Springs are fundamental mechanical components found in many mechanical systems. Developments in material, design procedures and manufacturing processes permit springs to be made with longer fatigue life, reduced complexity, and higher production rate. Most springs are linear which means the resisting force is linearly proportional to its displacement.
Linear springs obey the Hooke’s Law,
F = k × Dx
Where F is the resisting force, k is the spring constant,
and Dx is the displacement.
Depending on load characteristics spring may be classified as
Most springs are made with iron- based alloy( high-carbon spring steels, alloy spring steels, stainless spring steels), copper base spring alloys and nickel base spring alloys.
Iron- based alloy
i) High Carbon Spring Steel
(C 0.7-1.0,Mn 0.3-0.6& remaining Fe) These spring steels are the most commonly used of all spring materials because they are the least expense, are easily worked, and are readily available. They are not suitable for springs operating at high or low temperature or for shock or impact loading.
ii) Alloy Spring Steel
EN-45(C 0.5,Mn 1.0,Cr 0.2-0.9,V0.12 &remaining Fe),EN-60(C0.5-0.75,Mn0.6- 1.2&remaning Fe). These spring steels are used for conditions of high stress, and shock or impact loadings. They can withstand a wider temperature variation than high carbon spring steel and are available in either the annealed or pre-tempered conditions.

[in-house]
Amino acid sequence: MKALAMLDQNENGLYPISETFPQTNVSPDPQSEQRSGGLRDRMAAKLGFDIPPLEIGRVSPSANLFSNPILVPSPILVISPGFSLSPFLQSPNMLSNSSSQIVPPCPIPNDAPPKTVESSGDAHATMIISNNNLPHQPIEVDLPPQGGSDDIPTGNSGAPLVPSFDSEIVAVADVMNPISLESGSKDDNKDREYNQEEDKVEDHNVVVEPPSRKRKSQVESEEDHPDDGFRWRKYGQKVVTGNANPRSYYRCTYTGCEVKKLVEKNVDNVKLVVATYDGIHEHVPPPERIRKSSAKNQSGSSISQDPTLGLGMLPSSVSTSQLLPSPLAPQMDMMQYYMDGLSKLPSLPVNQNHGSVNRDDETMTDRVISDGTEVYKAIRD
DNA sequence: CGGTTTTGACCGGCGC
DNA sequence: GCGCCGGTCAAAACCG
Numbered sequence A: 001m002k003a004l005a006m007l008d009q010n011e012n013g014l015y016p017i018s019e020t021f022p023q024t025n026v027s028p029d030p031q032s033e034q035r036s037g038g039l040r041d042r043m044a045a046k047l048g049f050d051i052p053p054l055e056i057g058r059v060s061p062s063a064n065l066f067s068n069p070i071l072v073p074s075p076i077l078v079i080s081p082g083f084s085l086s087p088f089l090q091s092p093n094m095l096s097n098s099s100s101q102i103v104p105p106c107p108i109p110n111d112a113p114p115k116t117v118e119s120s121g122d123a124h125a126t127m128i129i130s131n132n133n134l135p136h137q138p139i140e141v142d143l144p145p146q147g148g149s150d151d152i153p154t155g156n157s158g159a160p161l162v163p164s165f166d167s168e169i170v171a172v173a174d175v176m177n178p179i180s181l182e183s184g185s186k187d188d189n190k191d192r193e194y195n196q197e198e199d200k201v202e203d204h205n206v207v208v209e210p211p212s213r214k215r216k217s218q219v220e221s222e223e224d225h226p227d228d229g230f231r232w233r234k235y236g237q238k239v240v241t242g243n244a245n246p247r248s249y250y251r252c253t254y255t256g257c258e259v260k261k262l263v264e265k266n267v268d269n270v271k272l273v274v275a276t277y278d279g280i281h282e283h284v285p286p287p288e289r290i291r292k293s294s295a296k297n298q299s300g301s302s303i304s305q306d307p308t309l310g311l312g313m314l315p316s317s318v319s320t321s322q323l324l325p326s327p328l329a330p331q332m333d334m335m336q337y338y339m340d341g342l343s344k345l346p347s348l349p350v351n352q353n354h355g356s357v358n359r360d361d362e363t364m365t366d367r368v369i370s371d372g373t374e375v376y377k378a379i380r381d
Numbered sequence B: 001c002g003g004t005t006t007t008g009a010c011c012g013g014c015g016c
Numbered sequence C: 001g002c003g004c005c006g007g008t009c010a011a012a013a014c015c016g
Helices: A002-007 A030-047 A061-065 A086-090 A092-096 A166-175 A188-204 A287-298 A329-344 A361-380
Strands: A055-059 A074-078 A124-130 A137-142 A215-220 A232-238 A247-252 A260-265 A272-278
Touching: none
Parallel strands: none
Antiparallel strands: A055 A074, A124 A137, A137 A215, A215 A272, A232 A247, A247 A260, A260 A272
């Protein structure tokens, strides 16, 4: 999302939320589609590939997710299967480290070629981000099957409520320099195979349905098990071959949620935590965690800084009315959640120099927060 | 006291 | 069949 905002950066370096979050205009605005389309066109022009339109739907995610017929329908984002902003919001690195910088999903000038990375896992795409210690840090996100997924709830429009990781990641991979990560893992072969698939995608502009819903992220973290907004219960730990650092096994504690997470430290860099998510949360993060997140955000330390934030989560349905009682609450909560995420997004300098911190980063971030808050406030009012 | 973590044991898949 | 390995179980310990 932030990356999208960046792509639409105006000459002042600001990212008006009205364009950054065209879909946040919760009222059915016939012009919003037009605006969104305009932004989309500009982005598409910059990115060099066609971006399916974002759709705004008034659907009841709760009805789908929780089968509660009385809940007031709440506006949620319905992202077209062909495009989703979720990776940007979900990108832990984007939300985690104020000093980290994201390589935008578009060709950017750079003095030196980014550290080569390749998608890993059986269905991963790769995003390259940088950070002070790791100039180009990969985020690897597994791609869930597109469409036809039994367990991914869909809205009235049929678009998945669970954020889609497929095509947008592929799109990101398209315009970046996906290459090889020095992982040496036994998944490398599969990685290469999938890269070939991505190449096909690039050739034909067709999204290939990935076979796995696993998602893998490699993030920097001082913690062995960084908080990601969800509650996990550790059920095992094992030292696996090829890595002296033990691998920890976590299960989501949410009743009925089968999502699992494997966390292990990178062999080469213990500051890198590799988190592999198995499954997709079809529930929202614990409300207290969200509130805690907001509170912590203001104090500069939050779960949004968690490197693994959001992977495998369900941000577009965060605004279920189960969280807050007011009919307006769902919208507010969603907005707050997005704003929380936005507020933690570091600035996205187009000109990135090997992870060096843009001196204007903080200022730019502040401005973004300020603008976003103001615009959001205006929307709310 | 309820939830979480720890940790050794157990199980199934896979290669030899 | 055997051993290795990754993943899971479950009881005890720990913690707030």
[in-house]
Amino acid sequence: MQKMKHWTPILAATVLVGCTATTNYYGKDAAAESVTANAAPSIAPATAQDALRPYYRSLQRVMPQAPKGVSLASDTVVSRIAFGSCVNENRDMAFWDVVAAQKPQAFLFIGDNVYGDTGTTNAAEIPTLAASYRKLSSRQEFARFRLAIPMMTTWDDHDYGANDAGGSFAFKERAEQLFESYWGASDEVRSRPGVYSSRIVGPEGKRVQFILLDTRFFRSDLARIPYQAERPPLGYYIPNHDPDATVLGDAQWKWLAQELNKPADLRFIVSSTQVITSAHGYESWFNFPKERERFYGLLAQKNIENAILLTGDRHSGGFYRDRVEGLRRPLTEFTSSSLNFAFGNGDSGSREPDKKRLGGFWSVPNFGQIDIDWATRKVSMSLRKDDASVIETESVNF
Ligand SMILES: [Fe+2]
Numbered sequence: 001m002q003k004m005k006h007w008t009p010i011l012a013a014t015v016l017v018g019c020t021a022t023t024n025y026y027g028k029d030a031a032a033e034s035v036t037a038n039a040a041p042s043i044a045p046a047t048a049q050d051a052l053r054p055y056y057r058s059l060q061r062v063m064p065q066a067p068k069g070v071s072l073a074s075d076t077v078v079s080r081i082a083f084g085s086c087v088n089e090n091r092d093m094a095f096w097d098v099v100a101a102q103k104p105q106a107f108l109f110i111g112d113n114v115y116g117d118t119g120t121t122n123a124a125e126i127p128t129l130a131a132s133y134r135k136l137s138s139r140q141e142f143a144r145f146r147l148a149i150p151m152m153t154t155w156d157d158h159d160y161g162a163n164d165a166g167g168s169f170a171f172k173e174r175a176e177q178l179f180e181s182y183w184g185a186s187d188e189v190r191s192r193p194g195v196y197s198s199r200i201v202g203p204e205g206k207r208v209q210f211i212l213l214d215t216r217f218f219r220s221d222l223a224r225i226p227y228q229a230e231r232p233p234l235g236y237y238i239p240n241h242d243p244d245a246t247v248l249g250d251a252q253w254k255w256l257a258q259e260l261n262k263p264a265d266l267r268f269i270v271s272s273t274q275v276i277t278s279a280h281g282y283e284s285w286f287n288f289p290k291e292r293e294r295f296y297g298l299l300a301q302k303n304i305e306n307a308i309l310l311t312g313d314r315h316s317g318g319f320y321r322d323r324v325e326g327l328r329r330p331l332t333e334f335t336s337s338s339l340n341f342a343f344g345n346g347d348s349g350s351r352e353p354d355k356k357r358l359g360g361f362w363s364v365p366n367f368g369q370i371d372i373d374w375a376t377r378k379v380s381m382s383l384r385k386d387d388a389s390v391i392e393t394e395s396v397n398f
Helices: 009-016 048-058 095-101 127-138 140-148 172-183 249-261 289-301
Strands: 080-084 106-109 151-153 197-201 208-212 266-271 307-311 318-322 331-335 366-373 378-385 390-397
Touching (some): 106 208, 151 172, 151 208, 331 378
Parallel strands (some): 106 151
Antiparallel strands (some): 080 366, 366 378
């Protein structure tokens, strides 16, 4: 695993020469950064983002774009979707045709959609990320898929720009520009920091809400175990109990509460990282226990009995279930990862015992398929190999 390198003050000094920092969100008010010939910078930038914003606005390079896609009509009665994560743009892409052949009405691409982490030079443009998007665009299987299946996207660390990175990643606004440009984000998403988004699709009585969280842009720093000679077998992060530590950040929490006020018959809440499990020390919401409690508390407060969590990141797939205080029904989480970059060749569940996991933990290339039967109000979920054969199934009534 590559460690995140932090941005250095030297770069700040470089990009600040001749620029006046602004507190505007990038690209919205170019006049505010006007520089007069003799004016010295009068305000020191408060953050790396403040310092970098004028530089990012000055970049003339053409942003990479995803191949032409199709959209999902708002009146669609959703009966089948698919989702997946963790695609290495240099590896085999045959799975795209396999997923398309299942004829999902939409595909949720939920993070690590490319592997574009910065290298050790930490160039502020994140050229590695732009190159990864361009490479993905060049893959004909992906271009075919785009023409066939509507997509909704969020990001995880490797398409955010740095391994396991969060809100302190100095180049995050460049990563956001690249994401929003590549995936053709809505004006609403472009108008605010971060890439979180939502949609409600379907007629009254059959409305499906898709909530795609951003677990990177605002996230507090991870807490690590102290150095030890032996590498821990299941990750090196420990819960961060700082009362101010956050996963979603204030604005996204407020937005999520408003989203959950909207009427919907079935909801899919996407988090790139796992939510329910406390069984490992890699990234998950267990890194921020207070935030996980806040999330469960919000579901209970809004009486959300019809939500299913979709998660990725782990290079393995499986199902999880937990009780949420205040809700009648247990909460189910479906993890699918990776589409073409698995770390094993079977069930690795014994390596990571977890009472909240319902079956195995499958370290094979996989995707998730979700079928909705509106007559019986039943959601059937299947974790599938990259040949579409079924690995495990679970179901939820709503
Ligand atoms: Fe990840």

iii) Stainless Spring Steel
(Cr18,Ni8,C 0.1-0.2&remaining Fe )The use of stainless spring steels has increased and there are compositions available that may be used for temperatures up to 288°C.
They are all corrosion resistant but only the stainless 18-8 compositions should be used at sub-zero temperatures. They are suitable for valve springs.
Copper Base Spring Alloys
Copper base alloys are more expensive than high carbon and alloy steels spring material. However they are frequently used in electrical components because of their good electrical properties and resistance to corrosion. They are suitable to use in sub-zero temperatures.
i) Brasses(Cu67,Zn33): Switch control, electrical application.
ii) Nickle Silver(Cu56,Ni18,Zn18): Electrical relays.
iii) Pb Bronze (Cu92,Sn8,Pb 0.1): Bushes.
Iv) Beryllium Copper(Cu98,Be2.0): Relays and Bushes
Nickel Base Spring Alloys
Nickel base alloys are corrosion resistant, and they can withstand a wide temperature fluctuation.
The material is suitable to use in precise instruments because of their non-magnetic characteristic, but they also poses a high electrical resistance and therefore should not be used as an electrical conductor.
i) Monels (Ni68,Cu27 &remaining Fe and Mn
ii) Inconels (Ni76,Cr16&Fe8)
iii) Chromels (Ni80,Cr20)
iv) Nichrome (Ni60,Cr16 &Fe24)
v) Elinver (Ni36,Cr12 &restFe)
vi) Inver (Ni35,Fe65)
Properties of Spring Materials
1. It should possess high modulus of elasticity.
2. It should have high elastic limit
3. It should have high fatigue strength
4. It should have high creep strength
5. It should have high notch toughness
6. It should have good resistance to corrosion
7. It should have high electrical conductivity
The dynamic behaviors of springs have to be analyzed when they are used in a moving mechanism.
The nominal frequency of operation should be well under the spring’s first resonant frequency; typically about 15-20 times lower for safety reason. The force the spring exerts as it approaches its resonant frequency will tend to decrease, which could have disastrous implications for the spring assembly.